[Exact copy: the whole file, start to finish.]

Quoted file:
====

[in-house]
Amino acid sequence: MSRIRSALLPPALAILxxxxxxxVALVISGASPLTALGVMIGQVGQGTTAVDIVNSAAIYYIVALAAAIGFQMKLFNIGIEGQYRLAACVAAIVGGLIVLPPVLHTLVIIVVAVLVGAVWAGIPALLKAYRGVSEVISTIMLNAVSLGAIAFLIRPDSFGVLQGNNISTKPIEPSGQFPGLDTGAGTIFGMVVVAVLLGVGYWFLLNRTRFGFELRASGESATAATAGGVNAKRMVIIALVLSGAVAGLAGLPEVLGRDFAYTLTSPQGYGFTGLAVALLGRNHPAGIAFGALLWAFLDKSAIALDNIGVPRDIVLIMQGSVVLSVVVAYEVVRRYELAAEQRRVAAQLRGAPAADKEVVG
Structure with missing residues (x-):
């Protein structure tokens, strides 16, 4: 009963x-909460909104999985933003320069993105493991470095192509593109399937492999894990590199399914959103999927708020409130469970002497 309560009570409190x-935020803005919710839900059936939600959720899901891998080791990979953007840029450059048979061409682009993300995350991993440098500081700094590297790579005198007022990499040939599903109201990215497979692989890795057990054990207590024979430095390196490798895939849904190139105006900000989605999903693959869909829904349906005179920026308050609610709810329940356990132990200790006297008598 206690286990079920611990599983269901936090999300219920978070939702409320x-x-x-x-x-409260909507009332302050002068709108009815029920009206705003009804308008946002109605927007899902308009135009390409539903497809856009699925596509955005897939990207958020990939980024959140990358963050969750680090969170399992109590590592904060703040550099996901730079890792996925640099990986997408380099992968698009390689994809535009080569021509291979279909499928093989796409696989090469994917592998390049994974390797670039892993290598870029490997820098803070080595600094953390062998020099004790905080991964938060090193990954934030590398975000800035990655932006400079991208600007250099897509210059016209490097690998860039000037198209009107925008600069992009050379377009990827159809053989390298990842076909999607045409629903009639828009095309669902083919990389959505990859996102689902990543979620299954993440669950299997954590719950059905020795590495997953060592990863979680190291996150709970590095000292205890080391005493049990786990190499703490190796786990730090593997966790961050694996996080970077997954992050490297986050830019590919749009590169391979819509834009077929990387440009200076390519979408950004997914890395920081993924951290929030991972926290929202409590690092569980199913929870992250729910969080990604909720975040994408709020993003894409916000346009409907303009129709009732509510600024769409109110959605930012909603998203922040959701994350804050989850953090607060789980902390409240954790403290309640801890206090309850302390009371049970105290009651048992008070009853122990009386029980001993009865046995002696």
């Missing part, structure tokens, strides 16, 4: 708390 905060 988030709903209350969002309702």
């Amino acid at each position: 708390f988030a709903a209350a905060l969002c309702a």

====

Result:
[in-house]
Amino acid sequence: MSRIRSALLPPALAILxxxxxxxVALVISGASPLTALGVMIGQVGQGTTAVDIVNSAAIYYIVALAAAIGFQMKLFNIGIEGQYRLAACVAAIVGGLIVLPPVLHTLVIIVVAVLVGAVWAGIPALLKAYRGVSEVISTIMLNAVSLGAIAFLIRPDSFGVLQGNNISTKPIEPSGQFPGLDTGAGTIFGMVVVAVLLGVGYWFLLNRTRFGFELRASGESATAATAGGVNAKRMVIIALVLSGAVAGLAGLPEVLGRDFAYTLTSPQGYGFTGLAVALLGRNHPAGIAFGALLWAFLDKSAIALDNIGVPRDIVLIMQGSVVLSVVVAYEVVRRYELAAEQRRVAAQLRGAPAADKEVVG
Structure with missing residues (x-):
């Protein structure tokens, strides 16, 4: 009963x-909460909104999985933003320069993105493991470095192509593109399937492999894990590199399914959103999927708020409130469970002497 309560009570409190x-935020803005919710839900059936939600959720899901891998080791990979953007840029450059048979061409682009993300995350991993440098500081700094590297790579005198007022990499040939599903109201990215497979692989890795057990054990207590024979430095390196490798895939849904190139105006900000989605999903693959869909829904349906005179920026308050609610709810329940356990132990200790006297008598 206690286990079920611990599983269901936090999300219920978070939702409320x-x-x-x-x-409260909507009332302050002068709108009815029920009206705003009804308008946002109605927007899902308009135009390409539903497809856009699925596509955005897939990207958020990939980024959140990358963050969750680090969170399992109590590592904060703040550099996901730079890792996925640099990986997408380099992968698009390689994809535009080569021509291979279909499928093989796409696989090469994917592998390049994974390797670039892993290598870029490997820098803070080595600094953390062998020099004790905080991964938060090193990954934030590398975000800035990655932006400079991208600007250099897509210059016209490097690998860039000037198209009107925008600069992009050379377009990827159809053989390298990842076909999607045409629903009639828009095309669902083919990389959505990859996102689902990543979620299954993440669950299997954590719950059905020795590495997953060592990863979680190291996150709970590095000292205890080391005493049990786990190499703490190796786990730090593997966790961050694996996080970077997954992050490297986050830019590919749009590169391979819509834009077929990387440009200076390519979408950004997914890395920081993924951290929030991972926290929202409590690092569980199913929870992250729910969080990604909720975040994408709020993003894409916000346009409907303009129709009732509510600024769409109110959605930012909603998203922040959701994350804050989850953090607060789980902390409240954790403290309640801890206090309850302390009371049970105290009651048992008070009853122990009386029980001993009865046995002696």
């Missing part, structure tokens, strides 16, 4: 708390 905060 988030709903209350969002309702």
């Amino acid at each position: 708390f988030a709903a209350a905060l969002c309702a």